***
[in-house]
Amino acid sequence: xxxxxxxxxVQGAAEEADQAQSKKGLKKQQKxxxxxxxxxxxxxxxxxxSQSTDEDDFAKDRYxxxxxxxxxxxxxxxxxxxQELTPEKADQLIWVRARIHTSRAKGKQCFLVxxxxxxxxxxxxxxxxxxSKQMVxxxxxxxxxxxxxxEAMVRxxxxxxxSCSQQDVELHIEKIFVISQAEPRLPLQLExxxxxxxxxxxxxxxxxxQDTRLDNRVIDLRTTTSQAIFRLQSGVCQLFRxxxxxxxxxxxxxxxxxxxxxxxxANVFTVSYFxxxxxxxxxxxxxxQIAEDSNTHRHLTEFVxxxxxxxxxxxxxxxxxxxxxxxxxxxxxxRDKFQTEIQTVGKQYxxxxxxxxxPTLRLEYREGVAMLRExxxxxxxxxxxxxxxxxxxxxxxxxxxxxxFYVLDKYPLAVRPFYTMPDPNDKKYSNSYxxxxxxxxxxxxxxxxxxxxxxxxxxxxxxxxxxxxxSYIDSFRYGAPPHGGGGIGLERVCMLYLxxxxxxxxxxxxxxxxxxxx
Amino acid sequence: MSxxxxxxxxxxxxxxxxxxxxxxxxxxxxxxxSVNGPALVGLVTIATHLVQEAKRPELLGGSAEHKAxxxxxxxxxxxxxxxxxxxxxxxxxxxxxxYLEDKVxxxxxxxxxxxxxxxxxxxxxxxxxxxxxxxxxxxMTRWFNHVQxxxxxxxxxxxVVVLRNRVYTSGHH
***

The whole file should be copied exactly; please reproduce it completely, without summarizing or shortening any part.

[in-house]
Amino acid sequence: xxxxxxxxxVQGAAEEADQAQSKKGLKKQQKxxxxxxxxxxxxxxxxxxSQSTDEDDFAKDRYxxxxxxxxxxxxxxxxxxxQELTPEKADQLIWVRARIHTSRAKGKQCFLVxxxxxxxxxxxxxxxxxxSKQMVxxxxxxxxxxxxxxEAMVRxxxxxxxSCSQQDVELHIEKIFVISQAEPRLPLQLExxxxxxxxxxxxxxxxxxQDTRLDNRVIDLRTTTSQAIFRLQSGVCQLFRxxxxxxxxxxxxxxxxxxxxxxxxANVFTVSYFxxxxxxxxxxxxxxQIAEDSNTHRHLTEFVxxxxxxxxxxxxxxxxxxxxxxxxxxxxxxRDKFQTEIQTVGKQYxxxxxxxxxPTLRLEYREGVAMLRExxxxxxxxxxxxxxxxxxxxxxxxxxxxxxFYVLDKYPLAVRPFYTMPDPNDKKYSNSYxxxxxxxxxxxxxxxxxxxxxxxxxxxxxxxxxxxxxSYIDSFRYGAPPHGGGGIGLERVCMLYLxxxxxxxxxxxxxxxxxxxx
Amino acid sequence: MSxxxxxxxxxxxxxxxxxxxxxxxxxxxxxxxSVNGPALVGLVTIATHLVQEAKRPELLGGSAEHKAxxxxxxxxxxxxxxxxxxxxxxxxxxxxxxYLEDKVxxxxxxxxxxxxxxxxxxxxxxxxxxxxxxxxxxxMTRWFNHVQxxxxxxxxxxxVVVLRNRVYTSGHH